The aim of this study was to assess the potential of using video screening to interpret the results of paediatric eye examinations.
Prospective multi-centred, blinded study.
Children aged 5 months to 11 years referred to a paediatric ophthalmology centre were enrolled in the study. Outcome measures included the degree of agreement between examiners for assessment of various aspects of paediatric eye examination. In Phase 1, children were individually assessed in the clinic by three different examiners to determine the level of agreement. In Phase 2 a video recording was made of the first ophthalmologist examining the children. The other two examiners viewed the video recordings to make their diagnoses. Areas of assessment included lid function, pupillary function, ocular motility, strabismus, nystagmus, torticollis and facial asymmetry. Agreement between examiners was measured using Gwet’s agreement coefficient (AC1).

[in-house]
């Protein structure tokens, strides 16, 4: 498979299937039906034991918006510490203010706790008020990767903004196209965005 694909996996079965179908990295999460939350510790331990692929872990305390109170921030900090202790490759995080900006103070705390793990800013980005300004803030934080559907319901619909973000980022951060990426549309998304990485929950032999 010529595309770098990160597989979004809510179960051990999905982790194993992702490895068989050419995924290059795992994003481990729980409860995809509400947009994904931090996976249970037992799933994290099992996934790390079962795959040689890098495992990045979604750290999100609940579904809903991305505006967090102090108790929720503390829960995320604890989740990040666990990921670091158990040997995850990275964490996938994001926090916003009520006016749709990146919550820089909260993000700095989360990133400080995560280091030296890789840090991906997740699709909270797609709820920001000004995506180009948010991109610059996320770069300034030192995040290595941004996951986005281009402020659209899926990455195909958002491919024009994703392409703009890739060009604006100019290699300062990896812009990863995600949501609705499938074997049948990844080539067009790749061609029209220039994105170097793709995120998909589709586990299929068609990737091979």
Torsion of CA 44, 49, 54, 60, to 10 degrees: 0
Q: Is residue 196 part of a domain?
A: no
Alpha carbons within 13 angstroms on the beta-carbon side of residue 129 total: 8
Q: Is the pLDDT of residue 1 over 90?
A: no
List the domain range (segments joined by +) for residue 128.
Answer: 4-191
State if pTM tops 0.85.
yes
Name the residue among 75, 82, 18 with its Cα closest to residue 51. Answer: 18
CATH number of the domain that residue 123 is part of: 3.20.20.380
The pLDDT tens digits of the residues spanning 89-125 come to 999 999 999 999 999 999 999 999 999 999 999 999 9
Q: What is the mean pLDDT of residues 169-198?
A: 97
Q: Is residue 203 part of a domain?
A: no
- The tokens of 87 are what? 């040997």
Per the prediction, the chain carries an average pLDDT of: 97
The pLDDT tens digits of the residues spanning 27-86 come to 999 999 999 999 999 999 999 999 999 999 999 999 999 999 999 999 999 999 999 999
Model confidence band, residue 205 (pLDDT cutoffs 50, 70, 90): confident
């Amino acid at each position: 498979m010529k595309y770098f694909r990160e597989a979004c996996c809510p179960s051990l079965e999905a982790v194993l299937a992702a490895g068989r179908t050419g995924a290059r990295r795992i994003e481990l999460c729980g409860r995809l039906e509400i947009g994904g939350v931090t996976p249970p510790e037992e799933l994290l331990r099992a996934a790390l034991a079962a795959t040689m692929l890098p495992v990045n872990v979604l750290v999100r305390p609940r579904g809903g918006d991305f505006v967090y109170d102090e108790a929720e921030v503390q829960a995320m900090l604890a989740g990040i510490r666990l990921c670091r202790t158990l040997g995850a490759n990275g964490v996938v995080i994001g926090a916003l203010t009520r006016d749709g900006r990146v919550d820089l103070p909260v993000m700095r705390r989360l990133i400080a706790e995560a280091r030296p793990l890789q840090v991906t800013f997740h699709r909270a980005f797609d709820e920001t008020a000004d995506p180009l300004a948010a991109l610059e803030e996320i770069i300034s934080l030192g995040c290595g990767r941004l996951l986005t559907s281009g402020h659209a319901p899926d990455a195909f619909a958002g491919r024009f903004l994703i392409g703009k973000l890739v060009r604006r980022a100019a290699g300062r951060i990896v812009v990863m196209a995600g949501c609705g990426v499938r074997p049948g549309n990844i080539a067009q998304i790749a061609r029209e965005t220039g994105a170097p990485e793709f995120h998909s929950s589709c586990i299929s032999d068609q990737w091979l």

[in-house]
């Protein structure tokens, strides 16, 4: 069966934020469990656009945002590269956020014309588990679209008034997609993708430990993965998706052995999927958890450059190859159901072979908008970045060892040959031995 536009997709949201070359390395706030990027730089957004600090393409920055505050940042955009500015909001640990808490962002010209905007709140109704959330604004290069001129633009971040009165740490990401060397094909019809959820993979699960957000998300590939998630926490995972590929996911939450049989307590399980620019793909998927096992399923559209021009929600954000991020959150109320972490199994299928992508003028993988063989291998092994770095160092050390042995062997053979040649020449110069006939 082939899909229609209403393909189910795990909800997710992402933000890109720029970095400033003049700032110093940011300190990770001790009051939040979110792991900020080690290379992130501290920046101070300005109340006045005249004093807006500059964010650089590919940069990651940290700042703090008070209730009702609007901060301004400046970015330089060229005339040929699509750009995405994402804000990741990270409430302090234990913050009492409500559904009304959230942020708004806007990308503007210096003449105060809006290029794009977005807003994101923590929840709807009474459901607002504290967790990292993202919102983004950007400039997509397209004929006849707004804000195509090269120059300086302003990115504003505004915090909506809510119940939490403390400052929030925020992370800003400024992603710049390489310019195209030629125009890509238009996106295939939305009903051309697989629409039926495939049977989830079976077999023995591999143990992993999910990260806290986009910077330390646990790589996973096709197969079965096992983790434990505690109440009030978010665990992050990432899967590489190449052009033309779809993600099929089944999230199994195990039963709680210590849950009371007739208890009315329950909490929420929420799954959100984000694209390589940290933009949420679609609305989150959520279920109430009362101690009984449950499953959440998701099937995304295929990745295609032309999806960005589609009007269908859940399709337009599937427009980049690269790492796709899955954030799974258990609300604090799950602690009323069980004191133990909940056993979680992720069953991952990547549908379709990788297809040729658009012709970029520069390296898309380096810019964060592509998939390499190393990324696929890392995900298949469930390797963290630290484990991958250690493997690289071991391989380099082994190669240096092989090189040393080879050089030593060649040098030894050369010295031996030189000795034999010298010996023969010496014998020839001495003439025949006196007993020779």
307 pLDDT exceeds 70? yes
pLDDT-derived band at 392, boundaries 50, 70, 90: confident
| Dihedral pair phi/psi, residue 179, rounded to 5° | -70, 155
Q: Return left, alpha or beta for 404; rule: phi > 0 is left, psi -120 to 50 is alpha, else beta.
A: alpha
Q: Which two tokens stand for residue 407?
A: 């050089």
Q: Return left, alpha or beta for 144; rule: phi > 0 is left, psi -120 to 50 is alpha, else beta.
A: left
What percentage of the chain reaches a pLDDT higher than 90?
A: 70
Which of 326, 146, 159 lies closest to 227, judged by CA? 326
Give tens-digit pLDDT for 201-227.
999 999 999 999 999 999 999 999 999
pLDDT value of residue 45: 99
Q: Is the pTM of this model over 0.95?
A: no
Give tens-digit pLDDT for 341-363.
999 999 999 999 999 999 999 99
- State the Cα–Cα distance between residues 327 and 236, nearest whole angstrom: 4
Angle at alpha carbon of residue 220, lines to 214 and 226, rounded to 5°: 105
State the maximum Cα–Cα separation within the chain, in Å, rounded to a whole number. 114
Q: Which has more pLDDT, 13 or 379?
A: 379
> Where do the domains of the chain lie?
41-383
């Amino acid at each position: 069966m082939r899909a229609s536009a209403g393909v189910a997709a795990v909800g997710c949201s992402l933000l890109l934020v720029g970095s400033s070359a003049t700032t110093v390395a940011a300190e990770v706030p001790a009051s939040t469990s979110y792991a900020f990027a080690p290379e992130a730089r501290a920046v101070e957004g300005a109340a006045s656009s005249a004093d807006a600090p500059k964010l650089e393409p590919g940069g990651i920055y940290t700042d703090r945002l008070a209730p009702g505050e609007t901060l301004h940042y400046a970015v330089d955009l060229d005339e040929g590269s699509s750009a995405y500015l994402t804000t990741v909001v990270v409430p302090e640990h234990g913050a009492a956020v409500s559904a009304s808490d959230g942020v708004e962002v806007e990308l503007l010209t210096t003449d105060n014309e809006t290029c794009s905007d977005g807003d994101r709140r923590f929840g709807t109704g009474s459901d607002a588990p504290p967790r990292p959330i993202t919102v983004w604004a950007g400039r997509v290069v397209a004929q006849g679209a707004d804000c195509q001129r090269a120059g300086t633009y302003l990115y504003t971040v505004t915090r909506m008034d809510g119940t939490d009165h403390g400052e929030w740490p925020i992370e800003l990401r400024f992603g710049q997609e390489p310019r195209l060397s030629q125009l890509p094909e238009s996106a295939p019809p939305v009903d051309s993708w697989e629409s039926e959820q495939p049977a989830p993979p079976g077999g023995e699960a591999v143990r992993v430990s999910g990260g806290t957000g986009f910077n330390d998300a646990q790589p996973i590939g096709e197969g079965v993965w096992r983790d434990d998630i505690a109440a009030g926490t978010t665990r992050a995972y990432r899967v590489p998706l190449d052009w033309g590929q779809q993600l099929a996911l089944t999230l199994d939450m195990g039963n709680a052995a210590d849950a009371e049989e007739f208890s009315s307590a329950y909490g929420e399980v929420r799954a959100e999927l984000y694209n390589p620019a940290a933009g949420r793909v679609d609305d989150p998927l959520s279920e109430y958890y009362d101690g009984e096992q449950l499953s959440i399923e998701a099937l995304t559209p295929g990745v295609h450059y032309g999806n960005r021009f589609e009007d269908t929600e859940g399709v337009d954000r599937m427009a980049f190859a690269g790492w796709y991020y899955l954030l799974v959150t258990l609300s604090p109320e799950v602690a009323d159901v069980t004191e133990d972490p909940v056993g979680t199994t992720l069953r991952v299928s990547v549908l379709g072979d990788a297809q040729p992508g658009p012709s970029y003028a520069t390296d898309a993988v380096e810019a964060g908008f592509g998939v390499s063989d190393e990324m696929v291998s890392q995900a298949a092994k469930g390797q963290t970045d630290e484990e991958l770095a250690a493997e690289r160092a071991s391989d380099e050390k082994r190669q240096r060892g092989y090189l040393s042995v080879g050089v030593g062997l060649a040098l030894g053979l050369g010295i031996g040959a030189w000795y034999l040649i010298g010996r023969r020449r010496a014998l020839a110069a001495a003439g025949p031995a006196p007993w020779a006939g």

A total of 27 patients in Phase 1 (mean age 4.0 years) and 160 children in Phase 2 (mean age 4.8 years) underwent clinical and video-recorded screening. In Phase 1, all but one area of ocular examination (heterotropia) achieved ≥84% agreement between three examiners. In Phase 2, there was greater variation between direct clinical examination and interpretation of video findings, ranging from 55–100% agreement.
Using experienced clinicians and changing only one variable in Phase 2 (the method of assessment – direct examination versus video interpretation), the results show the possible usefulness of video-recorded screening as a means of assessing children. Further research is indicated to assess the accuracy of ophthalmologists interpreting video recordings of eye examinations performed by trained non-eye-care professionals.